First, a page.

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dc.contributor.advisorPatterson, Jean A.
dc.contributor.authorCampbell, James K.
dc.date.accessioned2011-11-22T14:54:29Z
dc.date.available2011-11-22T14:54:29Z
dc.date.copyright2011
dc.date.issued2011-05
dc.identifier.otherd11002
dc.identifier.urihttp://hdl.handle.net/10057/3925
dc.descriptionThesis (Ed.D.)--Wichita State University, College of Education, Dept. of Educational Leadershipen_US
dc.description.abstractUnderstanding technical skills of financial resource management is clearly one of the most important aspects of the school business administrator‟s job. Less clear is their understanding of the collaborative role played in addressing issues of equity and low achievement of marginalized students, and how decisions made about use of resources advances social justice and equity or perpetuates oppression within the school setting. This study examines the perceptions of school business administrators about how they can work most effectively with school leadership teams to leverage district funds to best support student achievement and equitable educational practices, while minimizing the detrimental effects of nationwide budget cuts. Emergent research is necessary to connect the position of the school business administrator to resource management practices supporting equal opportunity for all learners, advance issues of social injustice and inequities within school systems, and establish the school business administrator‟s knowledge of resource allocation in the context of social justice and equity. The theoretical framework for this qualitative study merges social critical theory, leadership for social justice theory, and the construct of bridge leadership to elevate the leadership role a school business administrator can play in contributing to the overall effectiveness of education and instruction. The researcher interviewed 14 school business administrators across the U.S. and used the constant comparative method to analyze data. Implications from the research include the need to better connect leadership to required school business official technical skills and improve SBO training and professional developmenten_US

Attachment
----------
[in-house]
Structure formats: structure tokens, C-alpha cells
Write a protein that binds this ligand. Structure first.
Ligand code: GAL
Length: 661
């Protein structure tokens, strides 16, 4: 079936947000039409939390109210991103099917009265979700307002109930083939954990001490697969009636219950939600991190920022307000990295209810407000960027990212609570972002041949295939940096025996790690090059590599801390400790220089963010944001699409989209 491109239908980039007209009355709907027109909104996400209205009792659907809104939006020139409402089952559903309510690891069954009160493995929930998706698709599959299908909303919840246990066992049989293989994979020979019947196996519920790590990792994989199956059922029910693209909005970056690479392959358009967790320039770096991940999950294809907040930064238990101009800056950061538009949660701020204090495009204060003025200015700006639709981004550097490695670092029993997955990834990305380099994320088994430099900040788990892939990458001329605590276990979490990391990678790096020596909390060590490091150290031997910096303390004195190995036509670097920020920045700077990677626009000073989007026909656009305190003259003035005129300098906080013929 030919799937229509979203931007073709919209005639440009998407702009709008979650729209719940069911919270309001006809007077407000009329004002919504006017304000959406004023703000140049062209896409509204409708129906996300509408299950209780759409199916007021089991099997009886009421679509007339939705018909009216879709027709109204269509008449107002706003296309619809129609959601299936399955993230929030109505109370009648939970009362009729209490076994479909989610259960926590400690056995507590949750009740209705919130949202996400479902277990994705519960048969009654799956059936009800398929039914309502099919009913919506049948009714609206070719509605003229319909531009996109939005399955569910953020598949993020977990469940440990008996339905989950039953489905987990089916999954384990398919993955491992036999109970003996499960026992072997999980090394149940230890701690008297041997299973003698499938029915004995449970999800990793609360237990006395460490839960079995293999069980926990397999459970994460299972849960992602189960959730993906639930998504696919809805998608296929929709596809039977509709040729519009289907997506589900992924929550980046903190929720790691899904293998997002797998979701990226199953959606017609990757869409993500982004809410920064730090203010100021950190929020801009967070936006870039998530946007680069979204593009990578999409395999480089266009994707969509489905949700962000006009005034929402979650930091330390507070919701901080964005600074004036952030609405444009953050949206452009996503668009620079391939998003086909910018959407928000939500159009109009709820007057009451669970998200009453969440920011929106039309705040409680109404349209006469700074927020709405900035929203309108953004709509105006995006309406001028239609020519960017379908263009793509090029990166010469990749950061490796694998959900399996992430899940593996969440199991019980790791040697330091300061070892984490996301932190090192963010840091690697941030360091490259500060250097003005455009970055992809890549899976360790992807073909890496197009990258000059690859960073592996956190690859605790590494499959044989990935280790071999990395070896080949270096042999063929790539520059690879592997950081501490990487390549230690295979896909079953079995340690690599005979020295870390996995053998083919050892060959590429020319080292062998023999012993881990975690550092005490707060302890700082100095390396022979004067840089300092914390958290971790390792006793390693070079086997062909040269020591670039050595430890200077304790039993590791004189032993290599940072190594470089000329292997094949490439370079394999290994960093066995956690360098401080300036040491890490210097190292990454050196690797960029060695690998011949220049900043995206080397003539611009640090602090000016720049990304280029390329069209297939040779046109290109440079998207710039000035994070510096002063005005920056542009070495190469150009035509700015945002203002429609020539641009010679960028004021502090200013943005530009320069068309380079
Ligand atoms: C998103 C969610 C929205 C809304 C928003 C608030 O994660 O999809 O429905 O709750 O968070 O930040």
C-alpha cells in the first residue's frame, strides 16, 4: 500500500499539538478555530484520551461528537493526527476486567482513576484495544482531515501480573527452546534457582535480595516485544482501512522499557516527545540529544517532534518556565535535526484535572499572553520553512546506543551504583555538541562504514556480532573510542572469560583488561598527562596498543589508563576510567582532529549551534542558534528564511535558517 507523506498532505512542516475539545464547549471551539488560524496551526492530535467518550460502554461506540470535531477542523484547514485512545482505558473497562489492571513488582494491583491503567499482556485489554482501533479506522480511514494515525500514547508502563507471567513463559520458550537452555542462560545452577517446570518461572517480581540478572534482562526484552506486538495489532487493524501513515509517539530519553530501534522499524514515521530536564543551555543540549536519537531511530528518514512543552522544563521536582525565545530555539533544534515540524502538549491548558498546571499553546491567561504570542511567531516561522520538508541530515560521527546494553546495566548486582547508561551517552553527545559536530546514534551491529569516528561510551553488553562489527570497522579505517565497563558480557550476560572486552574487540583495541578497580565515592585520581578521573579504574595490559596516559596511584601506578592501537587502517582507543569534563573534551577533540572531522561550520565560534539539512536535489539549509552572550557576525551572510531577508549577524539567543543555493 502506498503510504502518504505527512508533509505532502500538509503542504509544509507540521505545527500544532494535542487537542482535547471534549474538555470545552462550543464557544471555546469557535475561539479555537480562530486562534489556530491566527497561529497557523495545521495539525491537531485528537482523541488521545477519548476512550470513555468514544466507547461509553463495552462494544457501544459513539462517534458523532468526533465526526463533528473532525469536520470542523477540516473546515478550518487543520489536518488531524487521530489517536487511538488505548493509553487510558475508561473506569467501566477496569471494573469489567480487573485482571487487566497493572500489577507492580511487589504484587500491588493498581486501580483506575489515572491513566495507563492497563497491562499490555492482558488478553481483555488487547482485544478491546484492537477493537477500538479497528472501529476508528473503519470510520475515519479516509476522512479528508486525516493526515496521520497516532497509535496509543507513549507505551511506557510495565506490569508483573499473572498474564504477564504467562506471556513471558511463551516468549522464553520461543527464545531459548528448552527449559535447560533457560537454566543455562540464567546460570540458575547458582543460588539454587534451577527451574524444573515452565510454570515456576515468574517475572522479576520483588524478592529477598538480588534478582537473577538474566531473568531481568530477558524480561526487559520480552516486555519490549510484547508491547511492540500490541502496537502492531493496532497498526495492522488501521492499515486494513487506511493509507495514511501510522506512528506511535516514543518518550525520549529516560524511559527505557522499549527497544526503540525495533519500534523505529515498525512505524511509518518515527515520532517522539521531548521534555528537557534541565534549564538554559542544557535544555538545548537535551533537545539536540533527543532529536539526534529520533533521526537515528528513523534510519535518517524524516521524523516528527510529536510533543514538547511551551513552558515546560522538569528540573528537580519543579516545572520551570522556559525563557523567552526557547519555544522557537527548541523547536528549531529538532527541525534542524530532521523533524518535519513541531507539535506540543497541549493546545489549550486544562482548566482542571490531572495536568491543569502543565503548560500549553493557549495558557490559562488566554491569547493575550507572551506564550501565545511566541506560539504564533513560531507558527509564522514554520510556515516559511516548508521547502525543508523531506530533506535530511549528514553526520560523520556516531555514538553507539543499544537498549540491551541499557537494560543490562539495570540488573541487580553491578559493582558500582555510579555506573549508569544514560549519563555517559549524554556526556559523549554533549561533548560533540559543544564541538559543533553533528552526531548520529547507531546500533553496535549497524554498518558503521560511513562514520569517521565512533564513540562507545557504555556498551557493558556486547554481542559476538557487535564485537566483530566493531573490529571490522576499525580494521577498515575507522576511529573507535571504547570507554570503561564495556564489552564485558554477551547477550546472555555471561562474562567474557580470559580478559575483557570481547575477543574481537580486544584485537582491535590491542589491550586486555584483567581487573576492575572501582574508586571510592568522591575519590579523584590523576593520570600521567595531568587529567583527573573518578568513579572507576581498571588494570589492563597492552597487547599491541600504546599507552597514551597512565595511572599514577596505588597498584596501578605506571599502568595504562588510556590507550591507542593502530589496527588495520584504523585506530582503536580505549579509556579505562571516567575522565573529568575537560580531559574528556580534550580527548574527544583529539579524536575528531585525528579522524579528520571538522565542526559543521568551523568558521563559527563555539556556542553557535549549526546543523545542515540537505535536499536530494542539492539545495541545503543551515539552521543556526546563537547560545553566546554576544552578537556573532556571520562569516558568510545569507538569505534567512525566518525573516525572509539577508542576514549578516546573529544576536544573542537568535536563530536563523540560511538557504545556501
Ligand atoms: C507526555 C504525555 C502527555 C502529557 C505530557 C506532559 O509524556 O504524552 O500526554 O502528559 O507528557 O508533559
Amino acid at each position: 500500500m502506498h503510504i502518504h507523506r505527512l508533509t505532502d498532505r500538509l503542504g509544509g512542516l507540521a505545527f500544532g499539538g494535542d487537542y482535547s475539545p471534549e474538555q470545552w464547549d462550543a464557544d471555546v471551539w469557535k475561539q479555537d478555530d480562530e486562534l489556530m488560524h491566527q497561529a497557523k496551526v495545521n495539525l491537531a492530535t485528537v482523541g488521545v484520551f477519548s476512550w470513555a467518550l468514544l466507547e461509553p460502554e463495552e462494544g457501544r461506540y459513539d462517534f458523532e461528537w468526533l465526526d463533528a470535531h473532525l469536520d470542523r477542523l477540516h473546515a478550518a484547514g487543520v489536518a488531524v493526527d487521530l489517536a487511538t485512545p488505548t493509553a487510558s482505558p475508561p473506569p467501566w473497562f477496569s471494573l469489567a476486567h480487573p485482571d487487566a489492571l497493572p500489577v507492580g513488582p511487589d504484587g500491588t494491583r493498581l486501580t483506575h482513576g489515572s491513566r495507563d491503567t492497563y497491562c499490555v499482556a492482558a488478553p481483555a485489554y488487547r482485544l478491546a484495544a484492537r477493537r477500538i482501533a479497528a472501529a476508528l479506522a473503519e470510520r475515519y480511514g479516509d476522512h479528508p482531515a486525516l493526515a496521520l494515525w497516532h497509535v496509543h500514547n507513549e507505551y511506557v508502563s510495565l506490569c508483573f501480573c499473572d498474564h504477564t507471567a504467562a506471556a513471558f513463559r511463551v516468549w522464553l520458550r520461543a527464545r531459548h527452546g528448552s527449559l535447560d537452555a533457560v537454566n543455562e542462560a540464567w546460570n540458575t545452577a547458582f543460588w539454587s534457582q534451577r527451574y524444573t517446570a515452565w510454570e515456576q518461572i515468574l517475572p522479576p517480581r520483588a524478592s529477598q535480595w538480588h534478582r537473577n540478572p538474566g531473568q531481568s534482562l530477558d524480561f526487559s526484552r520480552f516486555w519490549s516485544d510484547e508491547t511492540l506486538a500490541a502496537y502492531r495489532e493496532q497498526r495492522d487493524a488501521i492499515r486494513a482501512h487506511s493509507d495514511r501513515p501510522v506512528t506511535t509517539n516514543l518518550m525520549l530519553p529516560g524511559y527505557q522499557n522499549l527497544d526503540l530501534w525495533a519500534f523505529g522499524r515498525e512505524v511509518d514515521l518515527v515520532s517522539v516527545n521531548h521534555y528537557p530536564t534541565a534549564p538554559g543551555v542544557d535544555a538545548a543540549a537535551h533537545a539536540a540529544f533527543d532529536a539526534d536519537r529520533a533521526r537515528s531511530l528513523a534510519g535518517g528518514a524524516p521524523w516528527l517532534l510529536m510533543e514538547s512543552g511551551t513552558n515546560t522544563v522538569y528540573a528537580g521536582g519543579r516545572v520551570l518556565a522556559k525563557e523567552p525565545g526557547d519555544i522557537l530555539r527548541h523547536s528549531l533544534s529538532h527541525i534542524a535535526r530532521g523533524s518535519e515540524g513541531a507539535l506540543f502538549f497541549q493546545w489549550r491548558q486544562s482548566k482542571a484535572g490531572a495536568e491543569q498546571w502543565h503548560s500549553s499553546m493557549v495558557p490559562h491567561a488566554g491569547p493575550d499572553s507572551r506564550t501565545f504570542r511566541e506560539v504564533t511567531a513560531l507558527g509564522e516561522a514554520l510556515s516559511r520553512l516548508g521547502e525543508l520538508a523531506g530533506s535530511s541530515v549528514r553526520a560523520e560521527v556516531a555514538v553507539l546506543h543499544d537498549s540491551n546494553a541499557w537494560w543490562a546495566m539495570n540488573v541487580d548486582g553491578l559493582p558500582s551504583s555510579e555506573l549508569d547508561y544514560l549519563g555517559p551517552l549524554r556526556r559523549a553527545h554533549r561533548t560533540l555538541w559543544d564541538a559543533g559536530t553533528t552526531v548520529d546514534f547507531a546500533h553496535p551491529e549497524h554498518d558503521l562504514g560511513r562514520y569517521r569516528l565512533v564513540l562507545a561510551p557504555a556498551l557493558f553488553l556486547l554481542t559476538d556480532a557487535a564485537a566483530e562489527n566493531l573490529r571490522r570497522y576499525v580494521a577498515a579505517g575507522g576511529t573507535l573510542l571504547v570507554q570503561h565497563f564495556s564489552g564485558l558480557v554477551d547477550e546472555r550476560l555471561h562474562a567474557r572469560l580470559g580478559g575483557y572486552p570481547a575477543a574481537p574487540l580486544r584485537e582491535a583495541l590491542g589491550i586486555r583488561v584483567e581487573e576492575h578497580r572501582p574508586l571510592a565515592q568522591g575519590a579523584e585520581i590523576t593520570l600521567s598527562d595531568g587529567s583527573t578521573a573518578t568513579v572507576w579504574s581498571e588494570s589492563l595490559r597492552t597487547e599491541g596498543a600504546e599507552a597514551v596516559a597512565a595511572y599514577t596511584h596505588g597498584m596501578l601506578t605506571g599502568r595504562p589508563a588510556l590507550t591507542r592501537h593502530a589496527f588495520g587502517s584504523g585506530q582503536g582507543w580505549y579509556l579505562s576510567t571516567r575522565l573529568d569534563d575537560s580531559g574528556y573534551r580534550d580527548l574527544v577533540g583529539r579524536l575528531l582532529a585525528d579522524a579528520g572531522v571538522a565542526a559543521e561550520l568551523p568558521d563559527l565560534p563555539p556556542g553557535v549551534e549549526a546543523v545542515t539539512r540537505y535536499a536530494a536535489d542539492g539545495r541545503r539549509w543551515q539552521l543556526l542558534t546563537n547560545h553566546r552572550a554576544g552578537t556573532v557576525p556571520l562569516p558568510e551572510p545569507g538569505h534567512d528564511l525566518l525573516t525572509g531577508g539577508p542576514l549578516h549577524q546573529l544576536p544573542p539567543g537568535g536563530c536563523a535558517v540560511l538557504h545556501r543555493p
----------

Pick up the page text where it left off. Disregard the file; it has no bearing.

dc.format.extentx, 109 p.en
dc.language.isoen_USen_US
dc.publisherWichita State Universityen_US
dc.rightsCopyright James K. Campbell, 2011. All rights reserveden
dc.subject.lcshElectronic dissertationsen
dc.titleBridge leadership in school resource management: school business administrator perspectivesen_US
dc.typeDissertationen_US


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